Call has managed to gather a large fan base over the years with its edgy pop-rock sound. After rocking in Pakistan, it made its way across the subcontinent to India where it gave the crowd songs such as “Laree Chooti” and “Yeh Pal” and left them spellbound.
In an exclusive interview regarding his latest project Nescafe Basement, guitarist Zulfiqar Jabbar Khan, more popularly known as Xulfi, disclosed some shocking news: Junaid Khan, the lead singer and guitarist of Call, will no longer be a part of the band. As a replacement, Mustafa Zahid from Roxen, has been playing with the band instead.
“He [Junaid Khan] is very busy with his acting and personal commitments,” said Xulfi, expressing disappointment about Junaid’s solo career on the rise. He also said that Junaid is recording his own album. “This was news to us. He is busy doing his solo stuff.” Expanding on the rift, he added: “We have lost our common ground. When that happens, the band cannot survive. I have done other projects too, but they have always been under the name of Call. You have to pick one identity.”
When asked how different things would be after losing an integral member, Xulfi said that as long as he was a part of it, the essence of the band will remain intact. He added that unlike other countries, bands in Pakistan face the dilemma of making a living solely from their music career. According to him, bands such as Entity Paradigm (EP), Overload and Jal also lost members and had to reform their line-ups and they ultimately did survive.
He further revealed, “Junaid was recording his album and we didn’t know — it was the way he wanted to go and we didn’t want to stop him just so we could continue to perform as a band.” He did not wish to share further details.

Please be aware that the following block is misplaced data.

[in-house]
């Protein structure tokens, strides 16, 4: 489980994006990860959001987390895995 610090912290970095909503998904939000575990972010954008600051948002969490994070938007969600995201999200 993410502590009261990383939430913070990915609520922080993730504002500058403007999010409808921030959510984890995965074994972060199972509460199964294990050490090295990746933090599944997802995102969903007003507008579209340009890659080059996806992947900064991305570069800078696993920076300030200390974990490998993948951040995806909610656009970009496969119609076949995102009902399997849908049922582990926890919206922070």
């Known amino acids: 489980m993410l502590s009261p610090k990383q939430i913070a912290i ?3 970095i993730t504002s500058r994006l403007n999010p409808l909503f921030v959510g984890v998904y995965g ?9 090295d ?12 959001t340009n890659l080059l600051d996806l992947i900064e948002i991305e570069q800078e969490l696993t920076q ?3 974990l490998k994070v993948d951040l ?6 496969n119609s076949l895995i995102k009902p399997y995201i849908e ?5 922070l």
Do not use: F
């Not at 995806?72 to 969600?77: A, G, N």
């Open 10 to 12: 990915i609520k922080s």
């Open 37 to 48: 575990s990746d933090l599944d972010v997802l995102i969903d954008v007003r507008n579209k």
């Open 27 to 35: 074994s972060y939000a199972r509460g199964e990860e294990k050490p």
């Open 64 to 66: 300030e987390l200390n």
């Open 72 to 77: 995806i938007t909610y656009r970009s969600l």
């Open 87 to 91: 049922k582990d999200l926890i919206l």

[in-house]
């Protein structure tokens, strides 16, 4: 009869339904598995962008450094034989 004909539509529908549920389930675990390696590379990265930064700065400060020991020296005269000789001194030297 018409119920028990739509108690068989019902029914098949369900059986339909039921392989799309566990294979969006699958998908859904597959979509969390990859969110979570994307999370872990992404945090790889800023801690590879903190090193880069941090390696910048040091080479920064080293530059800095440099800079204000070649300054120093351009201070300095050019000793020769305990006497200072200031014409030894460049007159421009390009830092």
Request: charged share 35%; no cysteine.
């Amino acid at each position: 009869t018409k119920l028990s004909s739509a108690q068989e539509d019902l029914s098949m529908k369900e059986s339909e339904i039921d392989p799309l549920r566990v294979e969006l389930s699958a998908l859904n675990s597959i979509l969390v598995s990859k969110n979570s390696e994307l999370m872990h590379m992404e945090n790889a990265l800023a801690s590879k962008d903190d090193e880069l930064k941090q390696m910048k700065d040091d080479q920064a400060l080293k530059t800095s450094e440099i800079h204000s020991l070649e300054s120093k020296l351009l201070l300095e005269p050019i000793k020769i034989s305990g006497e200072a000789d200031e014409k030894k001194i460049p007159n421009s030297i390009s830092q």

Junaid’s manager Hadi Imran confirmed this development, saying “This [Junaid’s departure from Call] had been decided a while back; it is being released to the media only now.” However, when The Express Tribune contacted Junaid for a comment, he said he would prefer not to make a statement.
Speaking about current projects, the introverted yet talented Xulfi express confidence that Call would continue to perform and remain alive as long as he was a part of the band. He talked about a project called Nescafe Basement, which aims to bring together skilled musicians from lesser known backgrounds on to one stage to perform together. “For me, promoting young blood is not about pleasure but about intent — if we don’t promote music amongst the youth, we won’t be able to create a positive future for the Pakistani music scene,” said Xulfi.
“I have this belief that the best music comes out of a jam. When I say ‘best music’, I am not talking about the audience or myself; I’m talking about the feel music creates,” he continued. “I was not a mentor that was forcing them — I was a mentor that was guiding them.” The project has brought together 15 ambitious artists who have recorded a total of 24 tracks.
Support from the industry
Xulfi explained that the biggest challenge for the music industry is to ensure that every entertainment medium provides unconditional support in promoting Pakistani music, whether it’s the TV/drama industry or cafes across the country. Appreciating TV shows such as “Humsafar”, he said: “I am so happy that our dramas have soundtracks which contain pure Pakistani music and lyrics. Everyone has the right to play anything they want in cafes or even on TV but industries are made when every other medium [sector] lends out its support allowing the industry to develop and prosper.”
Meanwhile, Xulfi remains excited about the future of his band Call, despite having lost Junaid. He hints at an upcoming video, which will be a surprise for his fans, along with the possible production of music for an Indian movie which releases next year. “It’s not about the number of songs you are doing there, it’s about what you are doing,” he said, referring to his contribution to Bollywood. “If you’re just lending your voice to their [Bollywood’s] music, they are using you. But if you’re giving your own music, then that’s another thing.”
Published in The Express Tribune, November 7th, 2012.